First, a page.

Here is a fixed function known as the quantization rule and is a sequence of state variables initialized to zero, i.e., for all . It is worth noting that designing a a good quantization rule in the case is generally non-trivial, as one seeks stable schemes, i.e., schemes that satisfy

(2)

for constants and that do not depend on (note that for the remainder of this paper, the constants are numbered in the order of appearance; this allows to refer to constants introduced in previous results and proofs). In particular, stability is difficult to ensure when one works with a coarse quantizer associated with a small alphabet, the extreme case of which is -bit quantization corresponding to

In this work we consider two different sets of assumptions. Our results on compressed sensing reconstruction require sufficiently fine alphabets, whereas the results on frame quantization make no assumptions on the size of the alphabet —in particular, allowing for very coarse alphabets. In both cases we will work with the level mid-rise alphabet

(3)

2.1. Greedy sigma-delta schemes

We will work with the greedy quantization schemes

(4)

It is easily seen by induction that for the level mid-rise alphabet and , a sufficient condition for stability is as this implies

(5)

Note that to satisfy this stability condition, the number of levels must increase with .

2.2. Coarse sigma-delta schemes

We are also interested in coarse quantization, i.e., schemes where the alphabet size is fixed. In this case, guaranteeing stability with a smaller alphabet typically entails a worse (i.e., larger) stability constant. The coarse schemes that we employ were first proposed by Güntürk [6] and refined by Deift et al. [7]. Originally designed to obtain exponential accuracy in the setting of bandlimited functions, they were used to obtain root-exponential accuracy in the finite frame setup in [15]. At their core is a change of variables of the form , where is as in (1) and for some (with entries indexed by the set ) such that . The quantization rule is then chosen in terms of the new variables as , where with the Kronecker delta. Then (1) reads as

(6)

where, again, is the scalar quantizer associated with the level mid-rise alphabet (3). By induction, one concludes

i.e., a sufficient condition to guarantee stability for all bounded inputs is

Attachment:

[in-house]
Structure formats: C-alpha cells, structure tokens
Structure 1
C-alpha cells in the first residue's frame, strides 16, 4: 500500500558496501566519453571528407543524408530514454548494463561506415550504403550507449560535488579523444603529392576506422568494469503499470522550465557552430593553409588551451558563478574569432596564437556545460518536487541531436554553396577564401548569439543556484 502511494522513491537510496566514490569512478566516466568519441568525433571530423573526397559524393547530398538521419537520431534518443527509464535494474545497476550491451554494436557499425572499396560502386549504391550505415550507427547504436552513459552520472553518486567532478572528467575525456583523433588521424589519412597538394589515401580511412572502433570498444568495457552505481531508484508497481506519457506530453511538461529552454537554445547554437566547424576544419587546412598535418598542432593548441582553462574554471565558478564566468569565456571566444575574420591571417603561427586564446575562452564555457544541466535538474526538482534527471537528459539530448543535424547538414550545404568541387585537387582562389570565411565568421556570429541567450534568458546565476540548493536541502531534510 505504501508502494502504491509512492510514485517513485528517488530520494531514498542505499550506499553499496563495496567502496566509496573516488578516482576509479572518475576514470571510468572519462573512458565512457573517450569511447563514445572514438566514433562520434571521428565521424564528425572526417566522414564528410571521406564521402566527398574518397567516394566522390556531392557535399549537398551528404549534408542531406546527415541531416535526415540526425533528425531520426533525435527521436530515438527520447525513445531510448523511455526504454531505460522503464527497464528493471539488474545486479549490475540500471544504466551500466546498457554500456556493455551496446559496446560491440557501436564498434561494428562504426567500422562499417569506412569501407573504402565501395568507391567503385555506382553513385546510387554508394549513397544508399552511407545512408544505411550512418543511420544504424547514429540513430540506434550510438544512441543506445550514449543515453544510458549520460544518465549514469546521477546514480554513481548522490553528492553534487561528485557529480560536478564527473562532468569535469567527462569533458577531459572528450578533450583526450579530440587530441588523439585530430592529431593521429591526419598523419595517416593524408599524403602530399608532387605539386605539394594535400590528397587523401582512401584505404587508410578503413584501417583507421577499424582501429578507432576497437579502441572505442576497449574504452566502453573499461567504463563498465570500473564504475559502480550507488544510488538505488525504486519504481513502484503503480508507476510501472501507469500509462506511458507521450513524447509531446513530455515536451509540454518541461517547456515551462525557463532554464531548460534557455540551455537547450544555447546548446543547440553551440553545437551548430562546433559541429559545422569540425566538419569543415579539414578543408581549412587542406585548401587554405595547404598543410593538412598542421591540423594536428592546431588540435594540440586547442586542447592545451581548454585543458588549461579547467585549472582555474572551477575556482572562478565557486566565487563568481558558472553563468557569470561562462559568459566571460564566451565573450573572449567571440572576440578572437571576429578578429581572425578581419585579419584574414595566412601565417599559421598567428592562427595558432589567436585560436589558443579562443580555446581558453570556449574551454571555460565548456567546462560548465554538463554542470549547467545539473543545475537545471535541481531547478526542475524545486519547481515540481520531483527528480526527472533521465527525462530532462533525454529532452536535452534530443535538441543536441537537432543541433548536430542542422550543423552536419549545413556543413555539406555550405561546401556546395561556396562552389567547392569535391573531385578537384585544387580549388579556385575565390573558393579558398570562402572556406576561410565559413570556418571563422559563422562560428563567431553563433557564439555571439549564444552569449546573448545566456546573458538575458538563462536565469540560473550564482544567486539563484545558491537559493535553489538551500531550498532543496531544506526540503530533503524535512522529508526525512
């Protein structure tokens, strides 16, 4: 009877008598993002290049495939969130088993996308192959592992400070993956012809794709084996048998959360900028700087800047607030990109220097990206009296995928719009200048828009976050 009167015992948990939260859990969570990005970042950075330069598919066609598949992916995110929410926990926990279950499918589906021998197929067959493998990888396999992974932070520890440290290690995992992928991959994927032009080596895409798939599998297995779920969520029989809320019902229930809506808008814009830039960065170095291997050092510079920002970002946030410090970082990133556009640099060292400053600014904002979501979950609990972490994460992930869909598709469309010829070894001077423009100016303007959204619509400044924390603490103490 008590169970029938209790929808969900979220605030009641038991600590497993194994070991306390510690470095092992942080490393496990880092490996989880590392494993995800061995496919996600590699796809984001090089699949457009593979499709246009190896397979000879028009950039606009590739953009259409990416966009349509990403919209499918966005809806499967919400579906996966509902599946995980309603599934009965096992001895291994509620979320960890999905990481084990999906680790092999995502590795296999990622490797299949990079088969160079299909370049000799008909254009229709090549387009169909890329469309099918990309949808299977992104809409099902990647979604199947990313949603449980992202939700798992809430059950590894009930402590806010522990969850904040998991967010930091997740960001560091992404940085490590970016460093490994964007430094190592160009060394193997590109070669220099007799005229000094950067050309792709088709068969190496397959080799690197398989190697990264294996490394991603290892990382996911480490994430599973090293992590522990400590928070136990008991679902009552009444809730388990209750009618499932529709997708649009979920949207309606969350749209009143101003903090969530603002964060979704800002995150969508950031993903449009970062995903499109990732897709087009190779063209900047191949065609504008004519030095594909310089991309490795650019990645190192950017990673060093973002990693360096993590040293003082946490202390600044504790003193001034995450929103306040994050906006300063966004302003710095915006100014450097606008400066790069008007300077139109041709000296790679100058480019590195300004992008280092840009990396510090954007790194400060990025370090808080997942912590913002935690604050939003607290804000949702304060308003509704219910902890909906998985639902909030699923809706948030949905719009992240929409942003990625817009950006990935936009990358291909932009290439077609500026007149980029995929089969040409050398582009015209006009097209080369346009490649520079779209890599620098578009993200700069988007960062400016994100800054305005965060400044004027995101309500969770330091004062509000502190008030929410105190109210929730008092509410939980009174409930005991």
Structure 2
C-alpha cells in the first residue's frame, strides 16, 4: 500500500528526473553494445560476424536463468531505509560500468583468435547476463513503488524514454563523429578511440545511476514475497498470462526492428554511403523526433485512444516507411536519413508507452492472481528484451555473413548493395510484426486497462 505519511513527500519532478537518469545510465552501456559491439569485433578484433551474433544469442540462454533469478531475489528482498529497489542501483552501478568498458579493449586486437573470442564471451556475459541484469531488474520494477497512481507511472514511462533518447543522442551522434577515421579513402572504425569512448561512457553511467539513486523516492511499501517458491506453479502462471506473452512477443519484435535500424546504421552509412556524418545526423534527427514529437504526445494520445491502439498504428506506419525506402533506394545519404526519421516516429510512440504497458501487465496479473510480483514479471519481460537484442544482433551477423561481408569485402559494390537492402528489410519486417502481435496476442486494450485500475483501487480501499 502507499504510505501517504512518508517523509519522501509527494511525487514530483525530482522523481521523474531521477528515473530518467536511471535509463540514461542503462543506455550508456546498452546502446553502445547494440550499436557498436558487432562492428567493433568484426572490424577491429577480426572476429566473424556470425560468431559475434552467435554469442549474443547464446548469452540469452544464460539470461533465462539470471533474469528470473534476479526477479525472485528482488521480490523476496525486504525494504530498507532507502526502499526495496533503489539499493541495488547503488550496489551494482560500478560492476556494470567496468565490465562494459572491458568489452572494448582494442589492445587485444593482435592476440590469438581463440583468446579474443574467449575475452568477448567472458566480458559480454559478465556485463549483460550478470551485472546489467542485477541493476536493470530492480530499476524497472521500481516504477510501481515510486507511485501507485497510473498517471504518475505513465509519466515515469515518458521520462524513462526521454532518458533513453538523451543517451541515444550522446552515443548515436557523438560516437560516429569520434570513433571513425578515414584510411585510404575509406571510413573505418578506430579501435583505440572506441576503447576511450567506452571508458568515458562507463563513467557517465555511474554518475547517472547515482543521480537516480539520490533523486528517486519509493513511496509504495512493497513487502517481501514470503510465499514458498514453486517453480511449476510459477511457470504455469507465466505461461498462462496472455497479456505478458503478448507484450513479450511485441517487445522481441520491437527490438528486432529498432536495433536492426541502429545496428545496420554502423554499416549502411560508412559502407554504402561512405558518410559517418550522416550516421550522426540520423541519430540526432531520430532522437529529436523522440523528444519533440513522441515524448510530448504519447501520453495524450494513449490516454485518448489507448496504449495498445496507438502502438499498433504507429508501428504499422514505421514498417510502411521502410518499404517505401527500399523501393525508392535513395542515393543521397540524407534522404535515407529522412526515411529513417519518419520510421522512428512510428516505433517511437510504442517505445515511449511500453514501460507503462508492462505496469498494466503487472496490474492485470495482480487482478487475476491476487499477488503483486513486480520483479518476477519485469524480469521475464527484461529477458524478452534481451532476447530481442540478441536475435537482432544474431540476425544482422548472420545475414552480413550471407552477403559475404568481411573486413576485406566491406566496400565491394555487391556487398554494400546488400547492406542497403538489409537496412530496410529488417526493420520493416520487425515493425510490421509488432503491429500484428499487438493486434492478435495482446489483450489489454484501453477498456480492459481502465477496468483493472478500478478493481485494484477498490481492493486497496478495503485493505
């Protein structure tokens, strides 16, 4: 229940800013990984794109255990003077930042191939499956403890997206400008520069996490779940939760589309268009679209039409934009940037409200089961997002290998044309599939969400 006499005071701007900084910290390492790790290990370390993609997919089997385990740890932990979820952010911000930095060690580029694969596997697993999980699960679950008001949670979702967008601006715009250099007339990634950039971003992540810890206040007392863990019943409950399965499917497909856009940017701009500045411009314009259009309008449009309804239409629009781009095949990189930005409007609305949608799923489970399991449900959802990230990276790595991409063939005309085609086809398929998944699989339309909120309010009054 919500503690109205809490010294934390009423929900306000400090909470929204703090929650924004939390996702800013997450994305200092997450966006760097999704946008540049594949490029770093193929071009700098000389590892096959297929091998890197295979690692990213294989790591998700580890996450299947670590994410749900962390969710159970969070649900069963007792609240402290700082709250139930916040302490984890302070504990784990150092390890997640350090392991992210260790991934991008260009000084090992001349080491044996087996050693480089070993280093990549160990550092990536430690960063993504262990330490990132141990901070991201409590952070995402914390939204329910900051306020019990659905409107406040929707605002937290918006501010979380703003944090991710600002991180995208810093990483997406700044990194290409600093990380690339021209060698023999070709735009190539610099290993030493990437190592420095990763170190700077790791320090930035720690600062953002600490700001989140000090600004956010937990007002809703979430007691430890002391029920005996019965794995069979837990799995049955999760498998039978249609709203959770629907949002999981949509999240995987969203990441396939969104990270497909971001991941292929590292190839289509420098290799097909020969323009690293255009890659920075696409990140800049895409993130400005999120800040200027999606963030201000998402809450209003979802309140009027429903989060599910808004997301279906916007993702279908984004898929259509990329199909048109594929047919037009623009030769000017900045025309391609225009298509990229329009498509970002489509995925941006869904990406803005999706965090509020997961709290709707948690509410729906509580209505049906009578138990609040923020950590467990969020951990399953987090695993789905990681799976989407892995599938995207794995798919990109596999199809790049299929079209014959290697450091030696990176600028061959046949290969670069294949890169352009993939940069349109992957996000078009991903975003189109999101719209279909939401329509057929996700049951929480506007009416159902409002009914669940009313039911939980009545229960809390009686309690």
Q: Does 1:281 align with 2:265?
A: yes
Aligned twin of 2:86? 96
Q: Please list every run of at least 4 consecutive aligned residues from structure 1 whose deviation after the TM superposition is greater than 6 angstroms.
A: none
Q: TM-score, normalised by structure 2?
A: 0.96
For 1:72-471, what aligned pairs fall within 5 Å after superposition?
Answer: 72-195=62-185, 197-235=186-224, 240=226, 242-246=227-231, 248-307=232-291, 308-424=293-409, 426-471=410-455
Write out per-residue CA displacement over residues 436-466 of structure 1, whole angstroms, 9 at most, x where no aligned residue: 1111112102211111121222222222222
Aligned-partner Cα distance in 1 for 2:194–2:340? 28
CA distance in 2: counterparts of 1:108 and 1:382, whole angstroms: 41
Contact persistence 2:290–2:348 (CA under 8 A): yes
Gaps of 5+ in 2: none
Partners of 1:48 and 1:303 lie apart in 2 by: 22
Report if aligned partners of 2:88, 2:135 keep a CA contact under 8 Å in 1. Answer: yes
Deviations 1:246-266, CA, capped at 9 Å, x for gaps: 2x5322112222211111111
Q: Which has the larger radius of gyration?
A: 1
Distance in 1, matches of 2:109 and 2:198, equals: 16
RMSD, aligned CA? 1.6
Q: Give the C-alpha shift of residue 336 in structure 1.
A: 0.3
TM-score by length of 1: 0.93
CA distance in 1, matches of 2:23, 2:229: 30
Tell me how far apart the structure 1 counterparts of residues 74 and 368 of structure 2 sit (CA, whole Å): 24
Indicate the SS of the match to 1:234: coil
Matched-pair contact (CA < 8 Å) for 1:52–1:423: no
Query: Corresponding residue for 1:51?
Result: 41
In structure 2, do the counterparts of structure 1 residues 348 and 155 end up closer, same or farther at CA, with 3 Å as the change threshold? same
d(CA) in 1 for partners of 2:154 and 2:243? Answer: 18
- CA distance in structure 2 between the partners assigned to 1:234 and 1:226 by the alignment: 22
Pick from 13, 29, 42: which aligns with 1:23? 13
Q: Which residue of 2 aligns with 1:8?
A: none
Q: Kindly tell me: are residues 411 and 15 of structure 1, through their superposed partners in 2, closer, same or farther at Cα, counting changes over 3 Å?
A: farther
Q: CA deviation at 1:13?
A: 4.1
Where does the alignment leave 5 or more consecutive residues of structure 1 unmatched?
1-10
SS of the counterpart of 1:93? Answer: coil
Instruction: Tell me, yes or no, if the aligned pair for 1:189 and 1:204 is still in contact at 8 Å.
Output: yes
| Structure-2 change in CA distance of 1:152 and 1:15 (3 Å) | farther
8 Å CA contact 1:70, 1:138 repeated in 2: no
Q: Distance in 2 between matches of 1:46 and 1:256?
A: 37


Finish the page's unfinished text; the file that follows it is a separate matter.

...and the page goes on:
(7)

Thus, one is interested in choosing with minimal subject to and (7). This problem was studied in [6, 7] leading to the following proposition (cf. [15]).

Proposition 2.1.

There exists a universal constant such that for any midrise quantization alphabet , for any order , and for all , there exists for some such that the scheme given in (6) is stable for all input signals with and

(8)

where as above, and .

2.3. Sigma-Delta error analysis

As above, assume that and the frame matrix . If the vector of frame coefficients is quantized to yield the vector , then linear reconstruction of from using some dual frame of (i.e., ) produces the estimate . We would like to control the reconstruction error . Writing the state variable equations (1) in vector form, we have

(9)

where is the difference matrix with entries given by

(10)

Thus,

(11)

Working with with stable schemes, one can control via . Thus, it remains to bound the operator norm and a natural choice for is

(12)

This so-called Sobolev dual frame was first proposed in [14]. Here is the Moore-Penrose (left) inverse of the matrix . Since (12) implies that the singular values of will play a key role in this paper.

We begin by presenting some important properties of the matrix . The following proposition is a quantitative version of Proposition 3.1 of [17].

Proposition 2.2.

The singular values of the matrix satisfy

Proof.

Note that (see, e.g., [17])

Moreover, by Weyl’s inequalities [25] on the singular values of Hermitian matrices, it holds that (see [17] for the full argument)

Combining the above inequalities, we obtain

Observing that

for establishes the lower bound.

For the upper bound, note that for and for . Thus,

3. Sub-Gaussian random matrices

Here and throughout, denotes that the random variable is drawn according to a distribution . Furthermore, denotes the zero-mean Gaussian distribution with variance . The following definition provides a means to compare the tail decay of two distributions.

Definition 3.1.

If two random variables and satisfy for some constant and all , then we say that is -dominated by (or, alternatively, by ).

Definition 3.2.

A random variable is sub-Gaussian with parameter if it is -dominated by .

Remark 3.3.

One can also define sub-Gaussian random variables via their moments or, in case of zero mean, their moment generating functions. See [20] for a proof that all these definitions are equivalent.

Remark 3.4.

Examples of sub-Gaussian random variables include Gaussian random variables, all bounded random variables (such as Bernoulli), and their linear combinations.

Definition 3.5.

We say that a matrix is sub-Gaussian with parameter , mean and variance if its entries are independent sub-Gaussian random variables with mean , variance , and parameter .

The contraction principle (see, for example, Lemma 4.6 of [26]) will allow us to derive estimates for sub-Gaussian random variables via the corresponding results for Gaussians.

Lemma 3.6 (Contraction Principle).

Let be a non-decreasing convex function and let and be two finite symmetric sequences of random variables such that there exists a constant such that for each , is -dominated by . Then, for any finite sequence in a Banach space equipped with a norm we have

While the contraction principle as well as the following chaos estimate are formulated for random vectors, we mainly work with random matrices. Thus, it is convenient to “vectorize” the matrices: for a matrix , we denote by the vector formed by stacking its columns into a single column vector.